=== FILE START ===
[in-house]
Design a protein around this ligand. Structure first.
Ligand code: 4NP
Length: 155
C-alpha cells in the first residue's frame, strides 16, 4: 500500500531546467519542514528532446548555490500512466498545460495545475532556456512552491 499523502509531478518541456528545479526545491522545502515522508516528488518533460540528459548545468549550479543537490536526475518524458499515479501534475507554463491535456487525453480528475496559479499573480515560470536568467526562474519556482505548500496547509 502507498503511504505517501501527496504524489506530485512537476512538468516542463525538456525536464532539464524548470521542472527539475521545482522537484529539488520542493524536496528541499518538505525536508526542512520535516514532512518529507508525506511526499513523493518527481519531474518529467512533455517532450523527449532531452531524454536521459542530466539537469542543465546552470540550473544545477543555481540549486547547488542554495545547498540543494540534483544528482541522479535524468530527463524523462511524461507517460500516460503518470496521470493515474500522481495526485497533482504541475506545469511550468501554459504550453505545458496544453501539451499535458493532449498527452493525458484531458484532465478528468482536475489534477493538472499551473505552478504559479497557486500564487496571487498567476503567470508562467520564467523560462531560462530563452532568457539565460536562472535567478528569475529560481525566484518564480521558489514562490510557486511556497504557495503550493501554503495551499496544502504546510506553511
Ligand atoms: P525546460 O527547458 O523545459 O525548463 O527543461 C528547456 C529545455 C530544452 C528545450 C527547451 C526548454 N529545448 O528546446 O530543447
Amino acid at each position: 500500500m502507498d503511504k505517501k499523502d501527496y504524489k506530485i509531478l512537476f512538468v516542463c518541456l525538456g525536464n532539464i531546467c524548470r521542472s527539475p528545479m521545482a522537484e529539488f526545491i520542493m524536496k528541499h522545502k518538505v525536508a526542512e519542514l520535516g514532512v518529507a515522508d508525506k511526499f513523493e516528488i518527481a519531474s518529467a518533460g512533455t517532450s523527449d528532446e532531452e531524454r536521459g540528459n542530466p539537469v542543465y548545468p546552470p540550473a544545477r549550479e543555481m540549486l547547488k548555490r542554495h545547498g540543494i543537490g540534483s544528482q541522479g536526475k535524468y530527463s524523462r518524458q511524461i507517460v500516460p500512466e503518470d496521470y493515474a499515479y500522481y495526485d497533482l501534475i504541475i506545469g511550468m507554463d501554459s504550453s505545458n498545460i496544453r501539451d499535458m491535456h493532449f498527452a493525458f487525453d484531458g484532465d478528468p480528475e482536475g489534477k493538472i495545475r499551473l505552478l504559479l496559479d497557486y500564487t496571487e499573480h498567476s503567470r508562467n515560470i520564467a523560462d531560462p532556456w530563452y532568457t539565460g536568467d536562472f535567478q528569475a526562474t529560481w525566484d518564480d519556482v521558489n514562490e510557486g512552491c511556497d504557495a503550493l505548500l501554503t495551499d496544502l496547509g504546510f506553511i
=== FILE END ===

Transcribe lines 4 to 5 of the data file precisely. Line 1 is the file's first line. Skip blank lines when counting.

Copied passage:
Length: 155
C-alpha cells in the first residue's frame, strides 16, 4: 500500500531546467519542514528532446548555490500512466498545460495545475532556456512552491 499523502509531478518541456528545479526545491522545502515522508516528488518533460540528459548545468549550479543537490536526475518524458499515479501534475507554463491535456487525453480528475496559479499573480515560470536568467526562474519556482505548500496547509 502507498503511504505517501501527496504524489506530485512537476512538468516542463525538456525536464532539464524548470521542472527539475521545482522537484529539488520542493524536496528541499518538505525536508526542512520535516514532512518529507508525506511526499513523493518527481519531474518529467512533455517532450523527449532531452531524454536521459542530466539537469542543465546552470540550473544545477543555481540549486547547488542554495545547498540543494540534483544528482541522479535524468530527463524523462511524461507517460500516460503518470496521470493515474500522481495526485497533482504541475506545469511550468501554459504550453505545458496544453501539451499535458493532449498527452493525458484531458484532465478528468482536475489534477493538472499551473505552478504559479497557486500564487496571487498567476503567470508562467520564467523560462531560462530563452532568457539565460536562472535567478528569475529560481525566484518564480521558489514562490510557486511556497504557495503550493501554503495551499496544502504546510506553511